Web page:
Designer Pajamas

Designer Pajamas worn at the Oscars

Arnold Scaasi, dress designer to the stars has died at age 85 in New York. Scaasi was certainly ahead of his time when he created Barbra Streisand’s see-through designer pajamas for the 1969 Oscars. She won best actress for her performance in Funny Girl.  Of course see-through looks are the norm for celebrities on the red carpet now, having been worn by Beyonce, Jennifer Lopez, Kim Kardashian and more. In fact you can’t be an A Lister if you don’t have your bits on display. Scaasi said the high point of his career was designing the creation in draped velvet and satin worn by then First Lady Barbara Bush to the 1989 Inaugural Ball.

Scaasi was originally from Montreal and opened his own ready-to-wear business with $2,000 in savings and sold his clothes to more than 200 retailers. By 1963 he was bored with the mass market so he opened a couture house in New York in 1964. Clients have included Elizabeth Taylor, Ivana Trump, Danielle Steel, Joan Rivers, Mitzi Gaynor as well as Streisand.

Meanwhile Australian pajama and adult onesie king Peter Alexander has been immortalised with his own “The Simpson’s” character. The Aussie specialises in designer pajamas and has previously created collections based on Sesame Street, Disney and Marvel characters. Now he is partnering with his favorite American TV series for the latest range of kids and adults PJs. They will include cartoon campaign shots of Alexander and his dog, Penny. Bart, Homer, Marge, Lisa and Maggie are among the key characters to feature in the designs. Alexander met with the Simpson’s team in LA in February and has since been working on this fun range that will also include the characters of Krusty the Clown, Ned Flanders and Moe the barman.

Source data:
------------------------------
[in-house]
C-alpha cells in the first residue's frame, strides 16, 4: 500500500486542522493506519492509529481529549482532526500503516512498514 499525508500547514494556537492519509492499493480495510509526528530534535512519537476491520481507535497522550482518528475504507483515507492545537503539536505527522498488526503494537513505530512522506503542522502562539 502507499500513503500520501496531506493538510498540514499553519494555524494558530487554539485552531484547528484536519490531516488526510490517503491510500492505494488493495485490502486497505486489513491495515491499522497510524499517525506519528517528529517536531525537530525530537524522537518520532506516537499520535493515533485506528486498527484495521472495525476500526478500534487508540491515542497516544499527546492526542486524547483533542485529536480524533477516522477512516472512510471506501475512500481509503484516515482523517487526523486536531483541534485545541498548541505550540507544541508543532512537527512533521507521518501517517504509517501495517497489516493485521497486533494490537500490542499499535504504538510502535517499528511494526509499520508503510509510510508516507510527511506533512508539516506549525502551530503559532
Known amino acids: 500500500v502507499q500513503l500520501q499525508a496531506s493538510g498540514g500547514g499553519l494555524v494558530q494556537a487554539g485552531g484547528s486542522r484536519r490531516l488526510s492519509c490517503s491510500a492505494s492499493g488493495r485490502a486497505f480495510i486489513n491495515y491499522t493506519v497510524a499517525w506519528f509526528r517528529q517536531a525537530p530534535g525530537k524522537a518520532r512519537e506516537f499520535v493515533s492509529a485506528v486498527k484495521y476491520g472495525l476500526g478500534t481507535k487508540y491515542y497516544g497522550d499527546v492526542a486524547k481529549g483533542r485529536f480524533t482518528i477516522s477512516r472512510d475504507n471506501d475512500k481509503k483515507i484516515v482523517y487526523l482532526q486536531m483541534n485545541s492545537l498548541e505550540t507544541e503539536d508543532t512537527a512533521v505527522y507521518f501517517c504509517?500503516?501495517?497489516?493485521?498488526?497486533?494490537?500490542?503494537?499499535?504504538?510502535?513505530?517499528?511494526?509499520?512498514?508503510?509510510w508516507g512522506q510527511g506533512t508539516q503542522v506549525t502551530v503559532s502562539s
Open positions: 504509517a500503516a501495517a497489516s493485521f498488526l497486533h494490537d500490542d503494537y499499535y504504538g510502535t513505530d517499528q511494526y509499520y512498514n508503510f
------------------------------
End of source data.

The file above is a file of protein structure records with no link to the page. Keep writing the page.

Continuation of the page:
And for those of you who like more unusual designer pajamas, the Huffington Post reports on new pajamas for those who are digestively challenged. UK company Shreddies has designed pajamas which include a carbon-based material called Zorflex, which holds gases and liquids on a surface in a condensed layer. Shreddies, the company behind it, denies they are a novelty and says there is a science behind the clothes. Zorflex is often used in chemical treatment suits and is capable of stopping smells 200 times stronger than the average fart. What Zorflex can’t do is dampen the sound. The company says theses designer pajamas are designed for people known to have a flatulence problem who may want to improve their relationship.